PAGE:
Traveling always has a way of testing your ability to persevere, and most importantly, it teaches you how to trust yourself. I’m so happy you came back safely, and of course, full of stories to tell!
Alright, let’s talk money saving tips, how did you afford all of this traveling?
I’m just going to come right out and admit it, my friends and I are hella cheap when we travel. One of my biggest tips would be: don’t plan all your trips like you would luxury vacations! Not only will you not really learn about the place that you’re traveling to because you’ll be staying a touristy location, you’ll also be spending a lot of cash. I stayed in Airbnbs and hostels with my friends. If you invite a friend to Airbnb and that friend books a place, you’ll both earn $19. This was amazing because all my friends were traveling, so before we made new accounts, we had some one invite us. I saved $55 dollars on a trip once!
Otherwise, I did what the locals did. Usually, the people in the countries that I was visiting had cool, non-touristy places where they hung out. These places were usually cheaper. To research, I would do some Google searching in the language of the place I wanted to visit or ask shopkeepers.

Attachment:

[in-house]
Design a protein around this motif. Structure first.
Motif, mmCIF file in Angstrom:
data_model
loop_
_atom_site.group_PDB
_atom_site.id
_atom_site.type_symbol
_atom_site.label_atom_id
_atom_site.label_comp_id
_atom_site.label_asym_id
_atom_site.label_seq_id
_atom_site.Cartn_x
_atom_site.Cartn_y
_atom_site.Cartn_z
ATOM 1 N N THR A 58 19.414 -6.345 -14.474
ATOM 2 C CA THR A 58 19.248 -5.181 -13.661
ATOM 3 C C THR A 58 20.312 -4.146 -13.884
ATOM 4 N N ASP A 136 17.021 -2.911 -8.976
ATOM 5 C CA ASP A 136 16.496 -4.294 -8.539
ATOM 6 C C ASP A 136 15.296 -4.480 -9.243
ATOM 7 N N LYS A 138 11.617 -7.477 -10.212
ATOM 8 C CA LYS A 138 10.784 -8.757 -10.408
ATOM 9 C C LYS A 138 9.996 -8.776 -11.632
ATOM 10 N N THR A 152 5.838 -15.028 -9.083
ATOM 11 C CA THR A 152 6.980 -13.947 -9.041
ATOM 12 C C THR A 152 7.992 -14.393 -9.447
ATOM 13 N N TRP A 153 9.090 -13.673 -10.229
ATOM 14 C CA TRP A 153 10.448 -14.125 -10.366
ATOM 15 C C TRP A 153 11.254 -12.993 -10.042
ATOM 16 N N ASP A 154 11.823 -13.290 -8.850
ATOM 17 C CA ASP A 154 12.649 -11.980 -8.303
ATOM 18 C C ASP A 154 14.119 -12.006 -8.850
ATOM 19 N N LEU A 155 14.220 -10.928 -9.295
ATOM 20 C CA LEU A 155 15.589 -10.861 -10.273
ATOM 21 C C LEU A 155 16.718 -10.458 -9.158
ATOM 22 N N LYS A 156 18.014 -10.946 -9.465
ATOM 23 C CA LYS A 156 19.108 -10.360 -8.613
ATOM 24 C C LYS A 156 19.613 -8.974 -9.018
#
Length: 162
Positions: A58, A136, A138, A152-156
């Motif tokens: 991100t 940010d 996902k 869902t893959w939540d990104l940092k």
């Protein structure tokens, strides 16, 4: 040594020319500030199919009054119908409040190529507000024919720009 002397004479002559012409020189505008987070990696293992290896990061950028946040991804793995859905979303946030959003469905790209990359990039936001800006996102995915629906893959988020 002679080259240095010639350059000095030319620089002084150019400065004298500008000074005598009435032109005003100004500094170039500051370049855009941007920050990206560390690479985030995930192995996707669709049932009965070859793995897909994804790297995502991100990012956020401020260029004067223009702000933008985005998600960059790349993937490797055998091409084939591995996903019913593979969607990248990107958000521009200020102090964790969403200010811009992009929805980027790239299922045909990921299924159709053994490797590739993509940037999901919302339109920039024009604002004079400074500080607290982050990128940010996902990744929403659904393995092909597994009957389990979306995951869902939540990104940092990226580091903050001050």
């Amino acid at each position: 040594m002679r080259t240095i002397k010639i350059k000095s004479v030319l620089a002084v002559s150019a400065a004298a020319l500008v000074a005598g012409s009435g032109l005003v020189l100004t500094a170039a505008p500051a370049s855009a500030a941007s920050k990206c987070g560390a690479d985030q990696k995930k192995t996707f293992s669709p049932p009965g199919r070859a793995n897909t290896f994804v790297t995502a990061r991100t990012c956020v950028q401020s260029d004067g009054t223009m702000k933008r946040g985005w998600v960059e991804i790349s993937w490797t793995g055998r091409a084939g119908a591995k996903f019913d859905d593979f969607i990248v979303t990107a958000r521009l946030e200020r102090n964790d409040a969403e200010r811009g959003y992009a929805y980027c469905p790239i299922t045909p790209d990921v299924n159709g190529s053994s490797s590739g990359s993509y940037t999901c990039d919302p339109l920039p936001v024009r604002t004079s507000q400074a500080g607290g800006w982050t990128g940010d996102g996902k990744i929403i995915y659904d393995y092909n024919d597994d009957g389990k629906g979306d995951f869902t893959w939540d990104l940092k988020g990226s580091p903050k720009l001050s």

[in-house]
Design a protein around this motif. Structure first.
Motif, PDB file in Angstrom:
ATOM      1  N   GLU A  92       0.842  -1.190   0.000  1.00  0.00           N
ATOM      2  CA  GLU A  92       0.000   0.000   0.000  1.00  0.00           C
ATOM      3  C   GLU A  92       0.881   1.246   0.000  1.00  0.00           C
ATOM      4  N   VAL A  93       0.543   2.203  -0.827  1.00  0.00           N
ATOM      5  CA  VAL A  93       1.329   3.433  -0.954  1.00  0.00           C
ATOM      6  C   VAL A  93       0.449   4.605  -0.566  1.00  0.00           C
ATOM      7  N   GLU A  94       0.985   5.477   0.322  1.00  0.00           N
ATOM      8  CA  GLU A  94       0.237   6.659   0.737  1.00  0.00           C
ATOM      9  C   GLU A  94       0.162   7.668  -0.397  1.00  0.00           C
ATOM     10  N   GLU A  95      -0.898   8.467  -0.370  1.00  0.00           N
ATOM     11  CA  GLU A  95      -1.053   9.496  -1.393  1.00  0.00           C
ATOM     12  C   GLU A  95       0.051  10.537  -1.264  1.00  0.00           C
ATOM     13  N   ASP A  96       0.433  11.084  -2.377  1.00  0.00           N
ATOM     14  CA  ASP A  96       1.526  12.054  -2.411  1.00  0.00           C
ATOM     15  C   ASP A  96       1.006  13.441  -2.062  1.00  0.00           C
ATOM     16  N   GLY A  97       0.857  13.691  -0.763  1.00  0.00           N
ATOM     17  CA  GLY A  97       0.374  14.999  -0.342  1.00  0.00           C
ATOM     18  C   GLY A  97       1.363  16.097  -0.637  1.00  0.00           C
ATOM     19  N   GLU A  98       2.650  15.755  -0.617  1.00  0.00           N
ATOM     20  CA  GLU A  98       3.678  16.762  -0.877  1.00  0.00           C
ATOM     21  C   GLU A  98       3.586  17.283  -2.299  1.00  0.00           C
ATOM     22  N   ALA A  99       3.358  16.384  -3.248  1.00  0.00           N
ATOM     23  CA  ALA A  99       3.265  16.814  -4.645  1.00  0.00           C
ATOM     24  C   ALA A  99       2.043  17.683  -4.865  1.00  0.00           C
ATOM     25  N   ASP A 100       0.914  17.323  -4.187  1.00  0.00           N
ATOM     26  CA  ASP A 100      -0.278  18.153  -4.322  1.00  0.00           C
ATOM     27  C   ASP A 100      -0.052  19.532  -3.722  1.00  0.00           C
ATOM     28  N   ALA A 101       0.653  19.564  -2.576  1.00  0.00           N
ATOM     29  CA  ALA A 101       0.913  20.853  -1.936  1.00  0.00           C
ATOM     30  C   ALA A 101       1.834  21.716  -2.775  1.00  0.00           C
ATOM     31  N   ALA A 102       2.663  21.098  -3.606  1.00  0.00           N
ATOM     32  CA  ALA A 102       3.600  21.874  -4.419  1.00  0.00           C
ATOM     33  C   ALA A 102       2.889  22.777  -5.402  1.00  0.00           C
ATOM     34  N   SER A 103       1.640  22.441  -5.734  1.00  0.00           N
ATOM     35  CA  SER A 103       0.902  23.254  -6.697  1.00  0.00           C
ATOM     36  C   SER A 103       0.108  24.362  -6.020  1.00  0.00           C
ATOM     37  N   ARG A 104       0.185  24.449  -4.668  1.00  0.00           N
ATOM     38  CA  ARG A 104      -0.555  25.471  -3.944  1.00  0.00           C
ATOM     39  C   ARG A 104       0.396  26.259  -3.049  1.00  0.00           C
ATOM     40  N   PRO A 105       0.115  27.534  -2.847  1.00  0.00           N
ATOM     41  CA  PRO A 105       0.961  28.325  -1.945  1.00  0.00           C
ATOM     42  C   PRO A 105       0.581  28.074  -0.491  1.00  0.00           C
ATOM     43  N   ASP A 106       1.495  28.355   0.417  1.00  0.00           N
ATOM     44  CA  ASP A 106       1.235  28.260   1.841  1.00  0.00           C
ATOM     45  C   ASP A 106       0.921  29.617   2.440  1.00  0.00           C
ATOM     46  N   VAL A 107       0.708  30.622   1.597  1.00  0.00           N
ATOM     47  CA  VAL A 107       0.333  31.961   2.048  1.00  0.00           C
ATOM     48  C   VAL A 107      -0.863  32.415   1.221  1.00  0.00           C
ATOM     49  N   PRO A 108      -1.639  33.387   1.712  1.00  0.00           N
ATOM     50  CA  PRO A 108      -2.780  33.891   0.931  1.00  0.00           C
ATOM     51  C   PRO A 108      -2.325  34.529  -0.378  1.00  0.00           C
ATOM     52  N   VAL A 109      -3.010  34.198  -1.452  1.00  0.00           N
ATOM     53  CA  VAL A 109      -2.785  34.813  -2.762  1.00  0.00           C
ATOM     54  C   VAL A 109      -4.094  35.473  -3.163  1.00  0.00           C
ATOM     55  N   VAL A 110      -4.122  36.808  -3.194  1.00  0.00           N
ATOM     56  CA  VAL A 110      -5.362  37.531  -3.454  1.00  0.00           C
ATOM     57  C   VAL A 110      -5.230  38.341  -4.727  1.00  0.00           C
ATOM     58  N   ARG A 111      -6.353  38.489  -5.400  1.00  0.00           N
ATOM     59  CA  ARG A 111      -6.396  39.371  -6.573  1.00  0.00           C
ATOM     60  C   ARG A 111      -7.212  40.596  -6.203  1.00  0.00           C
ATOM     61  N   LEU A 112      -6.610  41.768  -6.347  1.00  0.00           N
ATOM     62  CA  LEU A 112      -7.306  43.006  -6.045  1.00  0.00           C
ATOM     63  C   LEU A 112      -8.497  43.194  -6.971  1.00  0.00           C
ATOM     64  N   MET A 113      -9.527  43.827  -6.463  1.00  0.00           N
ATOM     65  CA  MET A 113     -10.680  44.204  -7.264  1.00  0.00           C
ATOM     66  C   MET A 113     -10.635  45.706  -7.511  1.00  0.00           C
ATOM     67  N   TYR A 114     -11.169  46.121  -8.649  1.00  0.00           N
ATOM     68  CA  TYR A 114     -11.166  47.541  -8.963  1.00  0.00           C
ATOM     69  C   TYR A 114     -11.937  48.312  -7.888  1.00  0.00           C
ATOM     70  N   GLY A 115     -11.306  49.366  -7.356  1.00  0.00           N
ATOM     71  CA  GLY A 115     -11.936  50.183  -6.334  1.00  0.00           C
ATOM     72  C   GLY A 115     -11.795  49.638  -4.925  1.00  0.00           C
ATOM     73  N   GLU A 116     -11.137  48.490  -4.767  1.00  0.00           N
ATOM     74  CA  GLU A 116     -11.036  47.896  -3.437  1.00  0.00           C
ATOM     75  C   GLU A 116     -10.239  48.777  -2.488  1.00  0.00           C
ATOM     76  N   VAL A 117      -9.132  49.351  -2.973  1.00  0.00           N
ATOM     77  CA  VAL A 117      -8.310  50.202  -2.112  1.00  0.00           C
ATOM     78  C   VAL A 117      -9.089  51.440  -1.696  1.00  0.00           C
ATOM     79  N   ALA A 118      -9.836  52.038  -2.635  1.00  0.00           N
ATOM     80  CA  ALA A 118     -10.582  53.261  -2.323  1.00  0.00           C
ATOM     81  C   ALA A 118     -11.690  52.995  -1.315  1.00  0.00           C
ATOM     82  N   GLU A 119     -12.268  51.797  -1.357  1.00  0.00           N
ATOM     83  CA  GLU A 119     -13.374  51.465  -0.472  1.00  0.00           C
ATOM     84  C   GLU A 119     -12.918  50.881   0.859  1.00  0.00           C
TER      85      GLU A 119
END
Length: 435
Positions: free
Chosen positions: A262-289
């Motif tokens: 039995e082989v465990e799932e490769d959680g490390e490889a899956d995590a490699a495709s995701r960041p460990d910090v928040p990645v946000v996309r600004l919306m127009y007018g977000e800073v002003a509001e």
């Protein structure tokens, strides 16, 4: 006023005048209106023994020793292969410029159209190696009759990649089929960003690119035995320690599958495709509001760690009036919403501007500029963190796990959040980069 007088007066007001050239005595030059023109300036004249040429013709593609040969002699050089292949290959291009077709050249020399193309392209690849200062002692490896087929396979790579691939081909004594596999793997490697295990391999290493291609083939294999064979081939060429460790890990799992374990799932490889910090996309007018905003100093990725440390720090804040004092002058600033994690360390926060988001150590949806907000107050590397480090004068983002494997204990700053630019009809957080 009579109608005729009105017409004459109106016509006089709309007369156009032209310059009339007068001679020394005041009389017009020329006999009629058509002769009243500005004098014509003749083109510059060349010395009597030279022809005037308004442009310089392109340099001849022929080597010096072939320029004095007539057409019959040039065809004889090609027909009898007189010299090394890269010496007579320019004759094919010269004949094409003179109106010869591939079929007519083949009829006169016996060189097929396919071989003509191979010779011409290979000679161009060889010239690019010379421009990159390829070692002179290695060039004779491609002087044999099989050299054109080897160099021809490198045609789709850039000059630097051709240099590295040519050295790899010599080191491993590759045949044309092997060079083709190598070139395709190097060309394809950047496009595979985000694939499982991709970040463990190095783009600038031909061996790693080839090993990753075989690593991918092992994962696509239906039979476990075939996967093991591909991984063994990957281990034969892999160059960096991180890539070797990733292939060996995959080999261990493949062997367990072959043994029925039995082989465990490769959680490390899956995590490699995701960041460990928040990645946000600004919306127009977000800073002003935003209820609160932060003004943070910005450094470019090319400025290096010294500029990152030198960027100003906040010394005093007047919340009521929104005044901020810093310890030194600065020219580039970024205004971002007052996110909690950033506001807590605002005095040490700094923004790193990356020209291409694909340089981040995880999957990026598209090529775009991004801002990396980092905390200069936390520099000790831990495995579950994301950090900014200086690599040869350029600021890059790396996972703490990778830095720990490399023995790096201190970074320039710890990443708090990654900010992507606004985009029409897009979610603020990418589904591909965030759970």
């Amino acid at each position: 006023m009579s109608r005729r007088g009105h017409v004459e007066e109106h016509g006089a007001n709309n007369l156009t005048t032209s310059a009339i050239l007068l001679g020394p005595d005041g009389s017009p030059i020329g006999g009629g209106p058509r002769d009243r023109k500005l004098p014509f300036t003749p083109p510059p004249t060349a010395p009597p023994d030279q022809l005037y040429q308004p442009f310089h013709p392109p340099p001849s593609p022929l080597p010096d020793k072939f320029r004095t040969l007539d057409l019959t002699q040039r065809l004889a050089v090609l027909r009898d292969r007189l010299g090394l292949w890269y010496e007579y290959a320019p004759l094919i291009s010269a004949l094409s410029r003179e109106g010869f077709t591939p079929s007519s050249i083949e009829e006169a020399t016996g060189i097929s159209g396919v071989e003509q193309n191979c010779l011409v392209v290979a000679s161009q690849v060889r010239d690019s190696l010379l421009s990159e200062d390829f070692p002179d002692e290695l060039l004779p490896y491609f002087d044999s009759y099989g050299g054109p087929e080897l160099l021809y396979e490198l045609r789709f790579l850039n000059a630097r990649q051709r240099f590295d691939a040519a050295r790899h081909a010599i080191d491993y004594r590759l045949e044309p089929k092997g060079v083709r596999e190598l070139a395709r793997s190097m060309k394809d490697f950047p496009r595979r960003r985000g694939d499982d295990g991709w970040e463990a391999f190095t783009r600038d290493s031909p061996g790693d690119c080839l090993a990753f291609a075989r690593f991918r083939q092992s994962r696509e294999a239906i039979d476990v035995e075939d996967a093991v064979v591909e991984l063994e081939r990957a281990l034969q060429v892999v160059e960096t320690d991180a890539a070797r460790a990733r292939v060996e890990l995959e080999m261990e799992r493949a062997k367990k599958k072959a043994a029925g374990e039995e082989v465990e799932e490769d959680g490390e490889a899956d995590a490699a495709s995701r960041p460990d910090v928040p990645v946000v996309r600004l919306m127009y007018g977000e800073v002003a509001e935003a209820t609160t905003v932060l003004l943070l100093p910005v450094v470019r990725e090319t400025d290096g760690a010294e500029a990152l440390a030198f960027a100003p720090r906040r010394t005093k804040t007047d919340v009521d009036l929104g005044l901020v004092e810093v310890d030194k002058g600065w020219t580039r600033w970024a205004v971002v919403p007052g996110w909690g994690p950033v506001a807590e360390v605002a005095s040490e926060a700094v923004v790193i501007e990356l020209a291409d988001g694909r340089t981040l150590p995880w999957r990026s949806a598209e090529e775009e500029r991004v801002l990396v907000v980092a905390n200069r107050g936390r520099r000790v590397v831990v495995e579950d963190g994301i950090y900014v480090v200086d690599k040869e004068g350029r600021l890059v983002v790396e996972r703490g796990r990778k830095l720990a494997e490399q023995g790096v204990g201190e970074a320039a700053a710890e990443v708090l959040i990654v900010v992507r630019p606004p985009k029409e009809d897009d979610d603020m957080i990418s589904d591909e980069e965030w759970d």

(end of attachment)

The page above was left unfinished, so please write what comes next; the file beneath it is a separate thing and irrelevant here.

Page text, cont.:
As for flights, my friends and I were prepared to leave at anytime, from anywhere. We left in the middle of the week, sometimes leaving the house at 4am, in order to make flights. We packed light! If you wash your clothes regularly, a carry-on suitcase is enough to last you for two weeks. Also, only use cheap airlines/buses. This means Megabus, Ouibus, Ryanair, and Easyjet, among others. And when worst came to worse and I was super broke but still wanted to travel, I took mini vacations, where I bought five dollar bus tickets to a quaint town just outside of Rennes. This way, I got to splurge a bit more since I wasn’t spending as much on travel and shelter.
This sounds exactly like the way Damon and I travel! Glad we’re not the only ones willing to lose sleep for the cheapest ticket, lol!
On the subject of saving money, I’m so glad you’ve stayed in hostels! Give us the real talk, were you grossed out or nervous about the experience?